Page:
The interview with Benyettou is more interesting but needs to be read in conjunction with interview screened in the 2015 documentary as some elements from the TV interview are not in the book. Of particular interest, and it is a shame that Bouaz does not develop this theme, is the role of loyalty and the sense of the group. Benyettou states that some members, especially Mohamed el-Ayouni, wanted to meet regularly after Iraq and their prison terms, up-to once a week at times. He states that there was a sense of strong bonds between them due to this history, and that Cherif Kouachi considered the group to be an elite. This is interesting in light of comments made by David Vallat, a former traveler to Bosnia and Afghanistan, who explained his initial engagement with what would become the 1995 attack network was due to loyalty. He states in the interview, that in the 1994, when the Pakistani security services started to detain foreign fighters, he was protected by the Algerians, who were feared by the Pakistani security forces. Thus, following his return to France and the approach from the Algerians in the 1995 network, he provided some logistical support before deciding to not to further engage in their activities. The role of loyalty in group formation, but also in the sustaining engagement over longer periods of time, and perhaps despite the better judgment of some members, is certainly an avenue worth pursuing but which Bouaz does not explore.
The interview account does contain a passage of interest in relation to Benyettou’s attitude towards violence and its evolution. Benyettou opposed Cherif Kouachi’s plan to racket or rob shops belonging to the members of the Jewish committee in the 19eme. Benyettou stated, according to Bouaz, “If we possess French identity papers, we cannot carry out holy war in our own country.” He was, initially, opposed to foreign fighting in Iraq. Benyettou believed that, “it would not achieve anything. On the one hand the Iraqi political parties would use the notion of jihad for the own ends, and eventually replace the occupier with a dictatorship. On the other hand the mobilization of combatants was so low that it would have not impact on history.” According to Benyettou, it would be better to educate the Iraqis in the theory of jihad through the sharia. When all of the Iraqi people would be educated in Islamic law, then jihad would be legitimate.” Baouz goes on to write that Benyettou was unable to maintain this discourse as those in the neighbourhood wanting to fight were turning instead to Boubakeur el-Hakim. Benyettou was annoyed by this and his loss of influence, and adapted his position, personally encouraging four of his students to travel (pp. 128-129). The dynamic nature of the positions of the group towards violence as well as the rivalry between the theorist (Benyettou) and the practitioner of jihad (el-Hakim) are illustrated. Of interest, is the fact that Benyettou eventually desisted from his belief in the legitimacy of violence while el-Hakim has persisted in his engagement.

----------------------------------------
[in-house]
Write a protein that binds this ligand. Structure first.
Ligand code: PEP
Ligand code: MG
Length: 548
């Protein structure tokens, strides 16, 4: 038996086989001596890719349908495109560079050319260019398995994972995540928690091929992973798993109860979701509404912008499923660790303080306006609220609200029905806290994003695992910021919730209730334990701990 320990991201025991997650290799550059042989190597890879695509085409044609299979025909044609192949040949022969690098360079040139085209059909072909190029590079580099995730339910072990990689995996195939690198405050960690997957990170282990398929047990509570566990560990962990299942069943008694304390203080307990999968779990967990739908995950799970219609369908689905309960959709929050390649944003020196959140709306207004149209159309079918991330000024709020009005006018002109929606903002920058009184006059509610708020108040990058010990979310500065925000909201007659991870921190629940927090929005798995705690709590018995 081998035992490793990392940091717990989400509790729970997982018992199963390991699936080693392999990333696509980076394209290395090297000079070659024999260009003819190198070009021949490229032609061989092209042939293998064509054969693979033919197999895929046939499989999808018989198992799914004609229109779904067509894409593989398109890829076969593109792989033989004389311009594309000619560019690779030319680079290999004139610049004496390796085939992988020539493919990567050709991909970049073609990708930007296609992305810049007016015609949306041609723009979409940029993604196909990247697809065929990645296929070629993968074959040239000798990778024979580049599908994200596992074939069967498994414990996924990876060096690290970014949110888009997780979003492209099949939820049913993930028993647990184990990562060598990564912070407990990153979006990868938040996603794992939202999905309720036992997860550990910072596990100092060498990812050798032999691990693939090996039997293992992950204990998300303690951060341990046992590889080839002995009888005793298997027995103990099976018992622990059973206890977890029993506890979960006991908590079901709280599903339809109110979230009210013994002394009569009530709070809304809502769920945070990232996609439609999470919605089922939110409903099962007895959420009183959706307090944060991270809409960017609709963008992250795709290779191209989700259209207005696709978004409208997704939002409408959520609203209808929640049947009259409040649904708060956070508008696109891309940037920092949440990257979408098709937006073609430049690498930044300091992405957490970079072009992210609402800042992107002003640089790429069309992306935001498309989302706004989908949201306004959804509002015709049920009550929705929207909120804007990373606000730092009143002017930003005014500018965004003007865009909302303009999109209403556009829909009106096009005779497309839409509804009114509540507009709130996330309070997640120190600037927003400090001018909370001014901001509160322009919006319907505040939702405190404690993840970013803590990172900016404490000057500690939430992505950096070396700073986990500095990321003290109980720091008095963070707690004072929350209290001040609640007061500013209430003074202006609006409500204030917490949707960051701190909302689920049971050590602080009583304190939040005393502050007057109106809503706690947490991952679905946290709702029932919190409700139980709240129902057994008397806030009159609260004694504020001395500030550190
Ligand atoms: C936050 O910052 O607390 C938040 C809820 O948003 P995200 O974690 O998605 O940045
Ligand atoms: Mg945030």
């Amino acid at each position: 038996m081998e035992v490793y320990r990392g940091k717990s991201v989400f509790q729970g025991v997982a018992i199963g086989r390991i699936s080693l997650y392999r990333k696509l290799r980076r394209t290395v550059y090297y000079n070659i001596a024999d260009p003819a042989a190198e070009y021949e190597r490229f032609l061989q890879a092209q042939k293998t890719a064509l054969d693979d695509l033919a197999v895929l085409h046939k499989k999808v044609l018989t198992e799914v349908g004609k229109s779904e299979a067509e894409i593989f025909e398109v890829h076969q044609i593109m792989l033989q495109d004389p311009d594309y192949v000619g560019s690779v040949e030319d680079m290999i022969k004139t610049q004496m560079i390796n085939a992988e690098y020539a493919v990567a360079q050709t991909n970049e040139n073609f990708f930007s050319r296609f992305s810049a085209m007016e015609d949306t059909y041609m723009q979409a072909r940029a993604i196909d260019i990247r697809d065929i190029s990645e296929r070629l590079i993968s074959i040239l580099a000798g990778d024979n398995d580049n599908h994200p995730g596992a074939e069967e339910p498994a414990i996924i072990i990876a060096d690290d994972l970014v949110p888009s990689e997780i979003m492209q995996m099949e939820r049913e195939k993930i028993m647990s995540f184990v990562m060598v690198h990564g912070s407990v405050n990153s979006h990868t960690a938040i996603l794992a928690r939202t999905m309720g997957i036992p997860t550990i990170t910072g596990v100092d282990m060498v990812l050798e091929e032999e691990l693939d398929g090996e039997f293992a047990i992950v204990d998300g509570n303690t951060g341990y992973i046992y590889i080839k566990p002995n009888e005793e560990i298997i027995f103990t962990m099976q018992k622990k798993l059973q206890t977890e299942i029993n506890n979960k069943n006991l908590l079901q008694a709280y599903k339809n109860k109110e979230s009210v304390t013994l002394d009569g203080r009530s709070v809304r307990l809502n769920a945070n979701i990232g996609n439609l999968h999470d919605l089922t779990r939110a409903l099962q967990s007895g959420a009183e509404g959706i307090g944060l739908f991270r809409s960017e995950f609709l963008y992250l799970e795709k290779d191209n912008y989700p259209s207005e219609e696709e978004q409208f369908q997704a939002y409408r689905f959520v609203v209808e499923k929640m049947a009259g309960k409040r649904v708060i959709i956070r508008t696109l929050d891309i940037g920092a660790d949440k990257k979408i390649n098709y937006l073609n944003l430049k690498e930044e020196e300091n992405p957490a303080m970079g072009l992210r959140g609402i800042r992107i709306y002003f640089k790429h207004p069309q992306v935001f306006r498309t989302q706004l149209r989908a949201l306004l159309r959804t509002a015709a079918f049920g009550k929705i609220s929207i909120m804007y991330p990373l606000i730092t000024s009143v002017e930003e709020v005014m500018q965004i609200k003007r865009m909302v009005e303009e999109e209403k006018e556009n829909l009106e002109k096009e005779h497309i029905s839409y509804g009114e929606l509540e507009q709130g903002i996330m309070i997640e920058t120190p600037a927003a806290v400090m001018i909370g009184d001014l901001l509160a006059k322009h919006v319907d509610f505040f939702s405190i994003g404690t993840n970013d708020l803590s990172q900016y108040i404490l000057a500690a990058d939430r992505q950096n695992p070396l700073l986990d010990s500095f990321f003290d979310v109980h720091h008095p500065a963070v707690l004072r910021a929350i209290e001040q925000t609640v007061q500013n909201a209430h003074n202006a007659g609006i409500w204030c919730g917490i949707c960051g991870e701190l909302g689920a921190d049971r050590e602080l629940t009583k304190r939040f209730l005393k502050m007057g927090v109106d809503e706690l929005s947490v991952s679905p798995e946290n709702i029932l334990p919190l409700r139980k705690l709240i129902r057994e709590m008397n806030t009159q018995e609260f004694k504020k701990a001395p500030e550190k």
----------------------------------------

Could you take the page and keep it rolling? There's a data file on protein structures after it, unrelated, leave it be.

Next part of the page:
The portraits of the other members of the group are minimalist, and they tend to contribute to a book structure that jumps between periods, as the trajectories of the various protagonists are outlined. While not as up-to-date, some of the early accounts of the members of the group contained in the reporting of Christophe Dubois for the Le Parisien newspaper in 2005 and 2006 and that of Jean Chichizola for Le Figaro in the same period, remain, if not definitive, then very good portraits – Mohamed El-Ayouni, Peter Cherif, Farid Benyettou and Boubakeur el-Hakim.
In relation to Peter Cherif, Bouaz’s account contains the detail that it was likely Bouabkeur el-Hakim, who traveled in 2011 to Marseille to meet Cherif and bring him to Tunisia. From there it appears that Cherif made his way to Yemen. It would have been interesting to learn more about the change in Cherif from the seemingly repentant or less naïve young man, who appears in the Paris Match interview of 2008 and the person who had decided to skip bail and leave France prior to his sentencing. In the Paris Match interview, Cherif is presented as ‘repentant,’ as having ‘turned the page,’ and as being ‘totally deactivated.’ Seemingly, between the March 2008 interview and March 2011, Cherif had changed his mind or the loyalty to his friends after his release from pre-trial detention had put paid to his initial disengagement.
Unfortunately, Bouaz’s account does not bring new information to light about a number of other individuals involved with the group, who have not been widely written about; Redouane el-Hakim, Abdelhalim Badjoudj, Tarek Ouinis – all deceased during the late summer and autumn of 2004 in the vicinity of Fallujah and Baghdad – or Chekou Diakhabi and Salah Toure, two other travelers to Iraq in 2004. All in all, while containing passages of interest, if this was to be the definitive account of the 19eme and the 19eme redux, ‘these aren’t the droids you’re looking for.’